Workplace relations minister Tony Burke welcomed the apparent détente. On day one of the summit, Burke announced that he would move immediately to amend the Fair Work Act, supposedly in workers’ interests. But the legislative changes that were announced at the summit by no means herald a positive outcome for workers.

In fact, the event can be read as the latest episode in a decades-long collaboration between the Labor Party, certain affiliated unions, and the courts to suppress wages.

Trojan Horses Chug Beers, Don’t They?

More than any other structural reform, it was the Labor Party’s 1983 Prices and Incomes Accord that has set the scene for forty years of rising profits and falling wages. The accord forbade confrontational worker struggle for wage rises and demanded tripartite negotiation between business, unions, and government. Bob Hawke, the Labor Party leader who spearheaded the accord, projected a “knockabout bloke” persona, chugging beers to great acclaim. In return for workers’ easygoing submission, Hawke promised, cost-of-living expenses would be capped.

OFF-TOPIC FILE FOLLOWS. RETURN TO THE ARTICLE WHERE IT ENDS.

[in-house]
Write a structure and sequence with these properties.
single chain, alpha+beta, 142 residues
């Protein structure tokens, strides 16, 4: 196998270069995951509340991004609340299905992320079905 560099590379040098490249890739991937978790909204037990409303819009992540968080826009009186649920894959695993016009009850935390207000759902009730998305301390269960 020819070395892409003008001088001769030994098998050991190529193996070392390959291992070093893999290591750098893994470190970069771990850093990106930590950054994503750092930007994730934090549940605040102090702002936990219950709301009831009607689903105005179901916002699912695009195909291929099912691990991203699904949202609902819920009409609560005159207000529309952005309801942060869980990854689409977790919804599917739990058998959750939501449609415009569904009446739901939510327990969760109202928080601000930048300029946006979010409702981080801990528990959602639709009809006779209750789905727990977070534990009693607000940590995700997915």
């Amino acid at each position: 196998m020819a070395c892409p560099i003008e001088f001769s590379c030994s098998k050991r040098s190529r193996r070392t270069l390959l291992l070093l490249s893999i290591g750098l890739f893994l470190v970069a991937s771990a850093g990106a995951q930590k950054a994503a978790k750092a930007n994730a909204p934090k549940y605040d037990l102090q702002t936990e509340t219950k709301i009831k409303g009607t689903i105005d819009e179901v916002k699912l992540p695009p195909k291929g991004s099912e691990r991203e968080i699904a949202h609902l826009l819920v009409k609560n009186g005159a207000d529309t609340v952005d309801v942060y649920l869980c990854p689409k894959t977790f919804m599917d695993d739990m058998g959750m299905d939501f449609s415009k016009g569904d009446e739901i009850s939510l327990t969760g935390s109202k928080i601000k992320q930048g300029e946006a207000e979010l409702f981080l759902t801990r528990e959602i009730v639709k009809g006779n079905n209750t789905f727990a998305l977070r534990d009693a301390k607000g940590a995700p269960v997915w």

Certain sections of the union movement — including the nurses’ union in Victoria — initially refused to give up on the concept of industrial struggle. Unscrupulous string-pullers in the movement helped implement Hawke’s agenda by politically marginalizing the leaders of these refusenik branches. Many rebels were forced out of the movement entirely.

What followed from this strategy is well known. Workers’ share of national income fell from 62 percent before the accord to 50 percent in 2021. Profits have soared to a record share of GDP. But the promised cap on cost-of-living expenses never materialized. Having dramatically increased its profits, business has instead chosen to increase prices, driving up inflation.